Despite the many unique advantages of the above electrocatalytic reactions, their cost must be carefully considered in order to achieve commercialization. Therefore, it is essential and urgent to design green, low energy consuming, and highly stable MOFs electrocatalysts from both efficiency and cost perspectives.

"The synthesis of MOFs with predictable structures and high stability has been an important goal in the field of MOF research. A clear strategy to guide the design of ligands and metals will help to develop novel functionalized MOFs and provide a fire-new reference for various fields," Pang said.

"Synthesis with the same reactants may lead to MOFs with different topologies and properties, and the reaction time, method, and temperature of synthesis will also affect the crystal structure, morphology, and pore environment of MOFs, which will further affect the performance of the materials. There are two common adjustment directions for the synthesis of MOF-based electrocatalysts, i.e., tuning the size of MOFs and modulating the conductivity of MOFs."

"Furthermore, based on the diversity of metal ions and ligands, specific metal centers and ligands containing specific organic functional groups can be selected to design and synthesize MOFs with high stability under catalytic environment and applied to the study of electrocatalysis. To make MOFs with high stability, researchers generally choose to construct frameworks using carboxylate-based ligands (hard Lewis bases) and high-valent metal ions (hard Lewis acids, such as Al3+, Cr3+, Fe3+, Ti4+, and Zr4+) or azo-based ligands (soft Lewis bases) and low-valent transition metal ions (soft Lewis acids, such as Co2+, Ni2+, Cu2+, and Zn2+) based on hard-soft-acid-base (HSAB) theory. The designed MOF possesses high stability and will greatly enhance its electrocatalytic performance," said Xian-He Bu, a professor at Nankai University.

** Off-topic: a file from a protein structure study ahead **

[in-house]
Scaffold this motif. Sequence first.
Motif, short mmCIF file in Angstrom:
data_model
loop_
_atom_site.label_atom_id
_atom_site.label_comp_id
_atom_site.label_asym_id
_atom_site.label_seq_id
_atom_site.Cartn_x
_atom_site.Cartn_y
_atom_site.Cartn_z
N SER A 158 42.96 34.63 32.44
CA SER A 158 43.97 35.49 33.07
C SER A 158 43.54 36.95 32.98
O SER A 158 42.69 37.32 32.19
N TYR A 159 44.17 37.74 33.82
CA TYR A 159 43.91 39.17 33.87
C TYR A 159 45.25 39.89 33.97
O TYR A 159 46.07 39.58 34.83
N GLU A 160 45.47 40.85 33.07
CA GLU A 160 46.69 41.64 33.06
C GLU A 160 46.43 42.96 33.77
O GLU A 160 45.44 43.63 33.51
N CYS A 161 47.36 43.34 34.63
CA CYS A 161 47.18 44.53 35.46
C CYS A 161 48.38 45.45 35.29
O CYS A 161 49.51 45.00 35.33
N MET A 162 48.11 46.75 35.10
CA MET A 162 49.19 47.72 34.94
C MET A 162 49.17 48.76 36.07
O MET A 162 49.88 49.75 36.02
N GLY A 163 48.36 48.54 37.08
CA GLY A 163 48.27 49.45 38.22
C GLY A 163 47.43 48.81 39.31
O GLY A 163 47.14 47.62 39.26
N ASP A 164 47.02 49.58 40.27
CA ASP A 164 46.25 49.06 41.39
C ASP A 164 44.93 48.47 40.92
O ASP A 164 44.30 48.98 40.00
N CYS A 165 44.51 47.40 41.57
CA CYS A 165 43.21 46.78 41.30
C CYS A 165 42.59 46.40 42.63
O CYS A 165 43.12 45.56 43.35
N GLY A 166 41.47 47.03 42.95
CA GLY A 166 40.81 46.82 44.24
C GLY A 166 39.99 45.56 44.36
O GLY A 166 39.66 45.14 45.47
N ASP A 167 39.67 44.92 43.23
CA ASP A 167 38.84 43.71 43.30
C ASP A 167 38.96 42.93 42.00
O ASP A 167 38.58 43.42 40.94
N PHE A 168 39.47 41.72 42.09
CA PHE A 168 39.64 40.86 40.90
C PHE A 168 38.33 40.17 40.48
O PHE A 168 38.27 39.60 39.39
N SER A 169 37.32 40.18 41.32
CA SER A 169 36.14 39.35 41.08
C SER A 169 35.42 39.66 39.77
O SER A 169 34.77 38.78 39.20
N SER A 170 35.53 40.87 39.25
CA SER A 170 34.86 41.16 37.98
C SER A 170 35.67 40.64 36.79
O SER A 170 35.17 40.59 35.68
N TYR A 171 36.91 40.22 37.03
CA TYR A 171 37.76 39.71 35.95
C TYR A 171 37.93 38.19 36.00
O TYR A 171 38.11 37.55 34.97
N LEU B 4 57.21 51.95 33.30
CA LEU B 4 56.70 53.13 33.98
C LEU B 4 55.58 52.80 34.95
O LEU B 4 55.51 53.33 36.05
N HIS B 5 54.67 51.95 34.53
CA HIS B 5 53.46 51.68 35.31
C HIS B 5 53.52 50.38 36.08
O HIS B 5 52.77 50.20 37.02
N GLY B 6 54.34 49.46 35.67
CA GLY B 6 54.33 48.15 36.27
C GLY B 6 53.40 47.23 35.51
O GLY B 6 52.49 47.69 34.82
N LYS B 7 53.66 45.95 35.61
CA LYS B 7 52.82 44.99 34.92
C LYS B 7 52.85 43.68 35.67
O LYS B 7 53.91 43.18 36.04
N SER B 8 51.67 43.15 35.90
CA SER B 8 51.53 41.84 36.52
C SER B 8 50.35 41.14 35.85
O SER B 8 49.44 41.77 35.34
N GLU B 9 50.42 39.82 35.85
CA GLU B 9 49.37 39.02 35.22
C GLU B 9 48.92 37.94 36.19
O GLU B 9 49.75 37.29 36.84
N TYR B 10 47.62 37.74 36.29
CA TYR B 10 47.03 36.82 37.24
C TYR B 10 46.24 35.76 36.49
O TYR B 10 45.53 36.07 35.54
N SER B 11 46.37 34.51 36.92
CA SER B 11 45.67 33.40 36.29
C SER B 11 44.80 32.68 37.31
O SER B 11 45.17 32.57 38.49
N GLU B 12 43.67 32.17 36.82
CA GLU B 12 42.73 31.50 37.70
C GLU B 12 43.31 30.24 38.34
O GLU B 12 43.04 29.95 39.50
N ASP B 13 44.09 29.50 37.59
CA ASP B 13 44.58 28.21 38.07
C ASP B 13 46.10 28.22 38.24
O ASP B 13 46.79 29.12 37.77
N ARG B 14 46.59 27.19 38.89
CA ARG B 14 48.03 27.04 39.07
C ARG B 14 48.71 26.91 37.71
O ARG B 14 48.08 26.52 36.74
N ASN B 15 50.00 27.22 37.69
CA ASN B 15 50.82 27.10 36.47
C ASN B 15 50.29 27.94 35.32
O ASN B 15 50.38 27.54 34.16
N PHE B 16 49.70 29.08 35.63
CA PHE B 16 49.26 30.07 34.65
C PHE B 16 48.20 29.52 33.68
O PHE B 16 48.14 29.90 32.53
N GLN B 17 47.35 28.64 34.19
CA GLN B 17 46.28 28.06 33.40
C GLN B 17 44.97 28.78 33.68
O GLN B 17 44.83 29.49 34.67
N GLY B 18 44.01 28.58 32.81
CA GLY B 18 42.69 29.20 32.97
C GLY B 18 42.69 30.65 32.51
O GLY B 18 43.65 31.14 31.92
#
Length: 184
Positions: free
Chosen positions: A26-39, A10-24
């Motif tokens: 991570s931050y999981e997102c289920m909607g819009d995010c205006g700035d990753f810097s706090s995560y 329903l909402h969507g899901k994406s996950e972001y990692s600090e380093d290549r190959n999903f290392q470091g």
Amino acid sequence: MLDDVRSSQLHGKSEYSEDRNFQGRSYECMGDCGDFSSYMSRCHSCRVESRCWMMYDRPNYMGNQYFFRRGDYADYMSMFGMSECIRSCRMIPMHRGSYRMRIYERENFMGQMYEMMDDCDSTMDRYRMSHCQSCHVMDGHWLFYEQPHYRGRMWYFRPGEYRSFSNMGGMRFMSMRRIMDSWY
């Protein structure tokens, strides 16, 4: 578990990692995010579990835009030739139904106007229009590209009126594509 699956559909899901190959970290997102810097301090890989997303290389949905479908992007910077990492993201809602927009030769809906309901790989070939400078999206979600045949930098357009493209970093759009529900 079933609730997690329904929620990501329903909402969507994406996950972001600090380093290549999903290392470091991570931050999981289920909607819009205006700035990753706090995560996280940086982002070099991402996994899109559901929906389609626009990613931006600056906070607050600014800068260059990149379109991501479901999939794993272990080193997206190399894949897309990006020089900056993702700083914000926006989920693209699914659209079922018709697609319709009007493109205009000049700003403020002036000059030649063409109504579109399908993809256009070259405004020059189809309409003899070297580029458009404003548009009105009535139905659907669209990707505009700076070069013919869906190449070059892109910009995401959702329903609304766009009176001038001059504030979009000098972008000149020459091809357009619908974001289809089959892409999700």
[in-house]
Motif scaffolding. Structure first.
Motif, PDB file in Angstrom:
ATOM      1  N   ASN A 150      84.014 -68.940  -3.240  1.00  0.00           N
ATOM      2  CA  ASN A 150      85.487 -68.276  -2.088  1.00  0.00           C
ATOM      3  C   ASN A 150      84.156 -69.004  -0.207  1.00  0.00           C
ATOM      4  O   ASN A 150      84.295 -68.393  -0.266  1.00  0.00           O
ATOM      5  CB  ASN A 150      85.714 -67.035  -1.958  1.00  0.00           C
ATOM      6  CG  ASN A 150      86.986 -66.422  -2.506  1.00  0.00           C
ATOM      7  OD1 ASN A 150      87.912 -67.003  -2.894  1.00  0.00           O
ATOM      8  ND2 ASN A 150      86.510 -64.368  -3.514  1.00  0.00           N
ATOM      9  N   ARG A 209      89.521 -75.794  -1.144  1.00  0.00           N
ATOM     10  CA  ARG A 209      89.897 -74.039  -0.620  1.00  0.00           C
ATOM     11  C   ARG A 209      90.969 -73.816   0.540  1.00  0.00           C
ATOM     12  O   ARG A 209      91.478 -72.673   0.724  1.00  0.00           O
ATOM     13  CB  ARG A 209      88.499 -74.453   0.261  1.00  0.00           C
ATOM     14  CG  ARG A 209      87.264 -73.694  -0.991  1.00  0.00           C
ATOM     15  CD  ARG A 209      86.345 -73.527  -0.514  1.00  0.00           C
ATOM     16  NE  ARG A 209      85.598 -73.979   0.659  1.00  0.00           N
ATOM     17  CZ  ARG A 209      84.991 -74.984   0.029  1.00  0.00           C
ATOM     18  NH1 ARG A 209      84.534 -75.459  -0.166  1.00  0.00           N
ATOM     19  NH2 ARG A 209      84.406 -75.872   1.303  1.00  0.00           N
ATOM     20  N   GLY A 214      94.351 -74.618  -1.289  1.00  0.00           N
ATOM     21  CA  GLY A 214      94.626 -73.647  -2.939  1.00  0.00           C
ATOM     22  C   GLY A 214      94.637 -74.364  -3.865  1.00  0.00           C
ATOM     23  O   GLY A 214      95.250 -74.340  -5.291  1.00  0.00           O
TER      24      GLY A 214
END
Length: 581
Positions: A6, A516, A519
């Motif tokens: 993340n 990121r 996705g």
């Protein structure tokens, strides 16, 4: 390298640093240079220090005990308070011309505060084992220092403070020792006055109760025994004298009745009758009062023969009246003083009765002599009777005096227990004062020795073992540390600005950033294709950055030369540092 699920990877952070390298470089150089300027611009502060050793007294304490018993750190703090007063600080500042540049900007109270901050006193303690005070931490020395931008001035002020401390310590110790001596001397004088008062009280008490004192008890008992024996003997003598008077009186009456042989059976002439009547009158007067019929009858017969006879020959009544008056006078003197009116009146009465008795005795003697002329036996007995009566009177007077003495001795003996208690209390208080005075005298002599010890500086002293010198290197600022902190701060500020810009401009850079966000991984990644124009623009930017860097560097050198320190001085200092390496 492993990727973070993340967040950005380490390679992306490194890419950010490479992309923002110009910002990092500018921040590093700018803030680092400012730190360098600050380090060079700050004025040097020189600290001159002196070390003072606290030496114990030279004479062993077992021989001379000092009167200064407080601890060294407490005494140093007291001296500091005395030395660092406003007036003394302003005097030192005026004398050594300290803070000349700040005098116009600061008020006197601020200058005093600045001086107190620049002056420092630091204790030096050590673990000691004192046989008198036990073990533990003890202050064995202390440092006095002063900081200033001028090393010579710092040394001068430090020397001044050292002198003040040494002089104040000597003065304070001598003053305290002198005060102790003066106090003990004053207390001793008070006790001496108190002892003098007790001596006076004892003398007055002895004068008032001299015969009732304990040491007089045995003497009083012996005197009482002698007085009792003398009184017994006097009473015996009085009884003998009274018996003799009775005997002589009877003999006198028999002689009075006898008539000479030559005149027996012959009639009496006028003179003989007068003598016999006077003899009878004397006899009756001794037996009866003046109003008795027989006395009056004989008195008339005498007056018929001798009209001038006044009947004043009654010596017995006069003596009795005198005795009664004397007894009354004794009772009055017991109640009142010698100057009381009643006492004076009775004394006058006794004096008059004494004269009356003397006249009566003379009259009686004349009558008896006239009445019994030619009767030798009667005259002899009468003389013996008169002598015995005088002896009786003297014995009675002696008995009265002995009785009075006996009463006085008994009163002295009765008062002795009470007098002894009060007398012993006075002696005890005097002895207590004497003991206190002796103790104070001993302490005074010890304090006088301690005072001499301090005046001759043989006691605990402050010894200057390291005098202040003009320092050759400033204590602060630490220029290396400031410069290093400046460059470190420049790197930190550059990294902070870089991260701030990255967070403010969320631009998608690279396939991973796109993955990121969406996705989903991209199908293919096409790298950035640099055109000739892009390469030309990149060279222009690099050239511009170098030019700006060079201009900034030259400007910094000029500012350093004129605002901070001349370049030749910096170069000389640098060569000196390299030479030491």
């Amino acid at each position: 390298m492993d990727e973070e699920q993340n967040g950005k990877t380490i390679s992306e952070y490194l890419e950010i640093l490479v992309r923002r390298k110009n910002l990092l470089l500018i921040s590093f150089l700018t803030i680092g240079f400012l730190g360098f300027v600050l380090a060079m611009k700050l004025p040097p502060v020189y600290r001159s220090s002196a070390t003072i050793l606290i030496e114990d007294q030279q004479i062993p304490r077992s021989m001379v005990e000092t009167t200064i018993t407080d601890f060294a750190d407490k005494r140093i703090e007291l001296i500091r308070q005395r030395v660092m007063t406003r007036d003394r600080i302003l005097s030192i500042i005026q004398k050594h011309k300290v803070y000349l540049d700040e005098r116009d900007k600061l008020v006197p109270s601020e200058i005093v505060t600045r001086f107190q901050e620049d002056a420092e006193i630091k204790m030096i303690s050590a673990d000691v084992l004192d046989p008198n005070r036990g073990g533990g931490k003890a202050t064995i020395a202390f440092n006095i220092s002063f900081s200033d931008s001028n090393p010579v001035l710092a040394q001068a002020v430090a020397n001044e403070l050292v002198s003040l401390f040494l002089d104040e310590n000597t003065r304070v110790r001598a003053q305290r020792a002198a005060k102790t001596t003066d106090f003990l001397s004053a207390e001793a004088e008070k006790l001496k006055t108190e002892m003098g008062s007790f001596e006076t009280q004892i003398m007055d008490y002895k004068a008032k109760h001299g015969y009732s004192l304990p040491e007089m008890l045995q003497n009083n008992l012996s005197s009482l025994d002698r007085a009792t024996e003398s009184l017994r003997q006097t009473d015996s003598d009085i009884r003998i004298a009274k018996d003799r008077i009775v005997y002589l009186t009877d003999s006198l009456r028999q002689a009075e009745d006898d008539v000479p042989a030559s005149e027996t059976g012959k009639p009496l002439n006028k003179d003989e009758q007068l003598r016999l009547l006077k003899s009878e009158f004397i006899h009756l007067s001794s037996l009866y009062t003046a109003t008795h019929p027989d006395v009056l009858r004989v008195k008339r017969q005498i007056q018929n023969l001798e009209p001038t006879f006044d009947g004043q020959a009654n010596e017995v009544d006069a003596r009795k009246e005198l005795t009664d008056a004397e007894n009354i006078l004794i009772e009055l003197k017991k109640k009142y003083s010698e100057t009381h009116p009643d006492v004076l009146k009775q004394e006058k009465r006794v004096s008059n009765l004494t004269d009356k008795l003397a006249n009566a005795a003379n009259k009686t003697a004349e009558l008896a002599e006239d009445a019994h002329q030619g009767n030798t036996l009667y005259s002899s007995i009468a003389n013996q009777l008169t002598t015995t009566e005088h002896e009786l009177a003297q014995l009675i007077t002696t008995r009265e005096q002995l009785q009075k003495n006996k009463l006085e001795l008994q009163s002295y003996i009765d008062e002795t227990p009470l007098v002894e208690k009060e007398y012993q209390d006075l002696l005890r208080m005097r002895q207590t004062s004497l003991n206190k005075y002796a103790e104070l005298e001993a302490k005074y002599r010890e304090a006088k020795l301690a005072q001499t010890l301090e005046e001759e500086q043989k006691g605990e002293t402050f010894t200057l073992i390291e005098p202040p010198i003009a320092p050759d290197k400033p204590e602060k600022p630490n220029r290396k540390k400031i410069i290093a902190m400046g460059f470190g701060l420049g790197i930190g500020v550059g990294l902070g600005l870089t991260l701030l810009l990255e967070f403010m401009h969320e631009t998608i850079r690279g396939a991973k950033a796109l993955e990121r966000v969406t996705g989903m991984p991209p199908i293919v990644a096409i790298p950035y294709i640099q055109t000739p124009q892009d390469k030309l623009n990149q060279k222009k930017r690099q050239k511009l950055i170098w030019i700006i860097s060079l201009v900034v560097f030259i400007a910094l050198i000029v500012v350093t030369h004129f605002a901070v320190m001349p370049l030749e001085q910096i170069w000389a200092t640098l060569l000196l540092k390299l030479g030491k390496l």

Pang said that there is still great scope for optimizing MOFs materials for future electrocatalytic designs. Incorporating catalytically active ligands (e.g. porphyrins) into MOFs and modulating the catalytic effect by adjusting the pore environment and pore structure is an effective strategy to enhance electrocatalytic performance. In addition, the formation of MOFs with bimetallic active sites using binuclear metal clusters/ions to optimize the electronic structure and surface state of the metal centers is also a feasible strategy.

To maximize the benefits of MOFs, the use of MOFs as supports for loading metal nanoparticles or metal monoatoms and the compounding of MOFs with inorganic active materials are also suggested strategies.

"In this review, our main goal is to provide readers with timely and accurate updates on the latest research advances and electrocatalytic performance enhancement strategies in the field, while providing an outlook for future developments in the field," Bu said.

More information: Cha Li et al, Recent progress in metal–organic frameworks (MOFs) for electrocatalysis, Industrial Chemistry & Materials (2023). DOI: 10.1039/D2IM00063F

Provided by Industrial Chemistry & Materials

Citation: Metal-organic frameworks (MOFs) for electrocatalysis: From performance enhancement to future development outlook (2023, April 24) retrieved 28 September 2023 from
This document is subject to copyright. Apart from any fair dealing for the purpose of private study or research, no part may be reproduced without the written permission. The content is provided for information purposes only.

Explore further

Discovery of a crucial clue to accelerate the development of carbon-neutral porous materials


Feedback to editors